The Court of Appeal (President Maxwell, Justice Weinberg and Justice Whelan) today dismissed an appeal against a sentence for rape, holding that the judge below had not taken into account an irrelevant consideration, and that the sentence was, if anything, lenient rather than manifestly excessive.
The appellant had been sentenced to a term of six years’ imprisonment with a non-parole period of four years. The Court said that higher sentences were required for those instances of digital rape that were, objectively speaking, particularly grave.
The appellant offended against a young woman, a complete stranger, in the early hours of a Sunday morning. The appellant saw the victim and some friends leave a night club. He followed them in his car with his headlights turned off. Once the victim was alone, he waited for her to cross to a remote and unlit corner of a car park. As she passed by, he twice pushed her to the ground, overcoming her resistance with force.
The Director of Public Prosecutions had submitted that the Court ought to express the view that sentences for digital rape were too low. The Court upheld the Director’s submission on current sentencing practice for digital rape, stating:
It is clear that the general run of sentences for digital rape is well below what is necessary to reflect the objective gravity of that offence, and the moral culpability of the offender.
The Court concluded that
there must be an upward adjustment in sentences for offences of digital rape committed in circumstances that are broadly similar in objective gravity to the offence of which the appellant was convicted.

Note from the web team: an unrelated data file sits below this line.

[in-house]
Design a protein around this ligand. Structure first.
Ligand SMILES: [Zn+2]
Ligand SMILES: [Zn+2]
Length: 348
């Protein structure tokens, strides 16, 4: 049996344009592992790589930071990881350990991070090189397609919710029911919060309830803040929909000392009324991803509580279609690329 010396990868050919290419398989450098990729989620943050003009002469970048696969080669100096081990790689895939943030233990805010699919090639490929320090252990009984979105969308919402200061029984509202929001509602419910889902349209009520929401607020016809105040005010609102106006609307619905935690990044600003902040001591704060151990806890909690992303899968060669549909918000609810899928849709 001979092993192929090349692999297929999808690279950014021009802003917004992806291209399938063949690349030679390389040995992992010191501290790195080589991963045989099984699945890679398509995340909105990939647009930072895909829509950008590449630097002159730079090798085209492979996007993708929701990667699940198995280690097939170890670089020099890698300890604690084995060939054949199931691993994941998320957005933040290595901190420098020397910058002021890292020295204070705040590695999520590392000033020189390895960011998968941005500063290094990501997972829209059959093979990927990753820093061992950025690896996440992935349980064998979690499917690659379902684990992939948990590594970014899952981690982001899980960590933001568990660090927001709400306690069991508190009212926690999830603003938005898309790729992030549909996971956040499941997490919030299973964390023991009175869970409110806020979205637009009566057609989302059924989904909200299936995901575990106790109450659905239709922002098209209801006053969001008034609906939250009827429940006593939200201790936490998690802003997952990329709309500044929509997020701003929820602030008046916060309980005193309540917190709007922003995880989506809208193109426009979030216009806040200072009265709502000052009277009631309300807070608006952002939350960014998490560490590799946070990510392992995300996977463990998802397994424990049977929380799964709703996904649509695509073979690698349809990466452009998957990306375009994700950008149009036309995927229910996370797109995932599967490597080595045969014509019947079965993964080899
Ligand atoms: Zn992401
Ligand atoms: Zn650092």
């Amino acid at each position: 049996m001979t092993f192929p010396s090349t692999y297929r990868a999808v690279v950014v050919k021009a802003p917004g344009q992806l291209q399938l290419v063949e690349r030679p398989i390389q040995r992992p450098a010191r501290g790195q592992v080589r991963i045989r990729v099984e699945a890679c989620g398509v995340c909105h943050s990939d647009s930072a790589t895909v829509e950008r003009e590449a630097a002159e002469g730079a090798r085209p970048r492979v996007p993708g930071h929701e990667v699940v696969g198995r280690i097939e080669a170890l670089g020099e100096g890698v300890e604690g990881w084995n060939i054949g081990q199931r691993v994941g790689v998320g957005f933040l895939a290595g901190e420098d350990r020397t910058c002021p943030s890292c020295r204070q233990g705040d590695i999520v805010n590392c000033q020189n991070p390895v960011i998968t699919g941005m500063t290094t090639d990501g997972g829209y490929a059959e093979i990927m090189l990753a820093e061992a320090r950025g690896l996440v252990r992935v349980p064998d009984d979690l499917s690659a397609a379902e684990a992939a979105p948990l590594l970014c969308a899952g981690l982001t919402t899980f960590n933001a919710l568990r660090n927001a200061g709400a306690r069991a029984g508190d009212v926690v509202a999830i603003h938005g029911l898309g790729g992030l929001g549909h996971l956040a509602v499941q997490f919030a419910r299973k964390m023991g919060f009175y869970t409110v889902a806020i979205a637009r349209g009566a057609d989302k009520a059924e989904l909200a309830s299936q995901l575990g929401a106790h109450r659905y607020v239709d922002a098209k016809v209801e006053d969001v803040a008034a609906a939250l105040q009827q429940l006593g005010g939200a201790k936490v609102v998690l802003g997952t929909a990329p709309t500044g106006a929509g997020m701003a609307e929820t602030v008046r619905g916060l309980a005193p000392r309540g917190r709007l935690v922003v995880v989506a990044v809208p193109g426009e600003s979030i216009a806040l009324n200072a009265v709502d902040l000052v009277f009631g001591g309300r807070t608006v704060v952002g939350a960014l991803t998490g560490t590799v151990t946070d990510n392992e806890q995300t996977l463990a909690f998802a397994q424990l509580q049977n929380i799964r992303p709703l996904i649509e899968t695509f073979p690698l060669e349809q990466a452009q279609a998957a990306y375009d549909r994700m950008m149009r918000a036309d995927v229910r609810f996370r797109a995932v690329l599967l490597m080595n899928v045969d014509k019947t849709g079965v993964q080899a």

The Court agreed with the sentencing judge’s characterisation of the offending as ‘an upper mid-level example of the offence of rape’. The Court noted the presence of aggravating factors including premeditation, the use of force and, given the time and location of the offending, the victim’s particular vulnerability. It noted also the finding below that the appellant posed a moderate to high risk of re-offending, his complete lack of remorse and the serious impact that the offence had had upon the victim.
NOTE: This summary is necessarily incomplete. It is not intended as a substitute for the Court’s reasons or to be used in any later consideration of the Court’s reasons. The only authoritative pronouncement of the Court’s reasons and conclusions is that contained in the published reasons for judgment.